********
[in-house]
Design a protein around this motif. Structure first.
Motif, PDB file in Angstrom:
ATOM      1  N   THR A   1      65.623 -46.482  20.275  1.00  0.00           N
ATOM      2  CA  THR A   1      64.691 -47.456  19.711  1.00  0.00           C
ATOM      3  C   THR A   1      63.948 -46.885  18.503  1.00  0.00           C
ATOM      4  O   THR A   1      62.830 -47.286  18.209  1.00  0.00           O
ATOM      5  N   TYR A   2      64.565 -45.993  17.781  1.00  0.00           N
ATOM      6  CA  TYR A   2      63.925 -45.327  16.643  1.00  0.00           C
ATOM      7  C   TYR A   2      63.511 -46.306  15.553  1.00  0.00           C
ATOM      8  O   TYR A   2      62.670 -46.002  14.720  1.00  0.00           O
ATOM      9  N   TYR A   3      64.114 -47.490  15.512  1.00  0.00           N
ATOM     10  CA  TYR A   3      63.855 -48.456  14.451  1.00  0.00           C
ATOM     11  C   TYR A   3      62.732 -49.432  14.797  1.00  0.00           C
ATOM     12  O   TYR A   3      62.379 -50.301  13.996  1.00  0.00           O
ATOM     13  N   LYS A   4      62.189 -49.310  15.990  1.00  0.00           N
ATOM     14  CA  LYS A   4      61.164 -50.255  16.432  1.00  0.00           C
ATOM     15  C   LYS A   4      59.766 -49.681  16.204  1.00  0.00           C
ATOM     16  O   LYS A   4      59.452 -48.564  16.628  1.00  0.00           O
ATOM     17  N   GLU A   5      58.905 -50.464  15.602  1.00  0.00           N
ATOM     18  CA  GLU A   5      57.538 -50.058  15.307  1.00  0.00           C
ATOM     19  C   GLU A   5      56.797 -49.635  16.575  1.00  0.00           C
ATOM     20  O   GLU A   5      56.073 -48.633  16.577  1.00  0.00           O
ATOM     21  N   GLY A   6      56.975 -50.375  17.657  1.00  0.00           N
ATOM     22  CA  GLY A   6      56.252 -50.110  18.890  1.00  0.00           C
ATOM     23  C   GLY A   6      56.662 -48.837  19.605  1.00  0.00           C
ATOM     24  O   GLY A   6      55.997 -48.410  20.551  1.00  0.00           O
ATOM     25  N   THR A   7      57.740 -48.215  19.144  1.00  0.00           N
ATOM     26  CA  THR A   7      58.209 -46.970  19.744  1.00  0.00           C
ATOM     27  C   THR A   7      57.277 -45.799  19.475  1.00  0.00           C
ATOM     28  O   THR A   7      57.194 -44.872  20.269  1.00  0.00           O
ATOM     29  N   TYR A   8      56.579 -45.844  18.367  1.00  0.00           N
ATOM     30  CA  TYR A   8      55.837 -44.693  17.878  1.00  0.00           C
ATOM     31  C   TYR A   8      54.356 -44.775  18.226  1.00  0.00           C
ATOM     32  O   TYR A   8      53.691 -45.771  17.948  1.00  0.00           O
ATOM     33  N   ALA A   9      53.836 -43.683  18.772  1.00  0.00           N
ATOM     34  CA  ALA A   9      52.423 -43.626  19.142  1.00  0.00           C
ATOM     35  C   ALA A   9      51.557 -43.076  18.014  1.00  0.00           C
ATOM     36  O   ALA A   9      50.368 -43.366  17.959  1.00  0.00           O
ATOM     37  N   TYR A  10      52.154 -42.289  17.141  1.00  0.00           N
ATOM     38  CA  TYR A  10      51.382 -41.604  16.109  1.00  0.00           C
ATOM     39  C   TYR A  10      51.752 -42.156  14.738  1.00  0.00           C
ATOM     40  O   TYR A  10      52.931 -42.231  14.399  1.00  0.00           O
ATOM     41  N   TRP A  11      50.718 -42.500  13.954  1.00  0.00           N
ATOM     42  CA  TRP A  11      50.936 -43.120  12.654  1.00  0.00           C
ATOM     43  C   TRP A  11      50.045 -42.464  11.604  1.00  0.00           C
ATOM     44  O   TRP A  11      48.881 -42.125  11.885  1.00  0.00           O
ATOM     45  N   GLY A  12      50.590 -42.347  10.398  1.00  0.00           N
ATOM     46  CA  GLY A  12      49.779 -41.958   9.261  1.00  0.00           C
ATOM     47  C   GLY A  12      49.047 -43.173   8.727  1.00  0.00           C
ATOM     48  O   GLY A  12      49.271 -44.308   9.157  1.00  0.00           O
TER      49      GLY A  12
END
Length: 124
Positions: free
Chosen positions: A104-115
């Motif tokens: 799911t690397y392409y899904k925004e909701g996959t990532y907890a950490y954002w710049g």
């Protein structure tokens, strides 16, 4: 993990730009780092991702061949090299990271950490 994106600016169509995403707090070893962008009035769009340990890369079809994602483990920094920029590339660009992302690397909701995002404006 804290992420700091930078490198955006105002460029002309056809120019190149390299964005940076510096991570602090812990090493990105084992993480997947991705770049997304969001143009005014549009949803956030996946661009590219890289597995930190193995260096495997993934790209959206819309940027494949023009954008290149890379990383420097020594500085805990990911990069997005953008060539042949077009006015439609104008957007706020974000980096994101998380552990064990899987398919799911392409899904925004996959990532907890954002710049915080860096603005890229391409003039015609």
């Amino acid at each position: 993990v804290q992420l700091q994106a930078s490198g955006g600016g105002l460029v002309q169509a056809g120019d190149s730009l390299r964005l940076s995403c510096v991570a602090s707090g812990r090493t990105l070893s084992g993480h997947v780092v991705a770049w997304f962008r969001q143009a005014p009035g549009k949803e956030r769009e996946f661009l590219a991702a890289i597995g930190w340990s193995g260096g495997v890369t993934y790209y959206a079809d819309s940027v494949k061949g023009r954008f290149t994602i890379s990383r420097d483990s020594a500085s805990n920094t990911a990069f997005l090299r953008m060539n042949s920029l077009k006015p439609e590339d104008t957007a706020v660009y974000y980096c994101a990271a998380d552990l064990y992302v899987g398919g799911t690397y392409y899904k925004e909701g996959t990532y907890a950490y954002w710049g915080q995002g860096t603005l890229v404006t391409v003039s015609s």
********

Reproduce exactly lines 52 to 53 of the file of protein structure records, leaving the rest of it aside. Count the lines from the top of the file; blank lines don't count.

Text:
TER      49      GLY A  12
END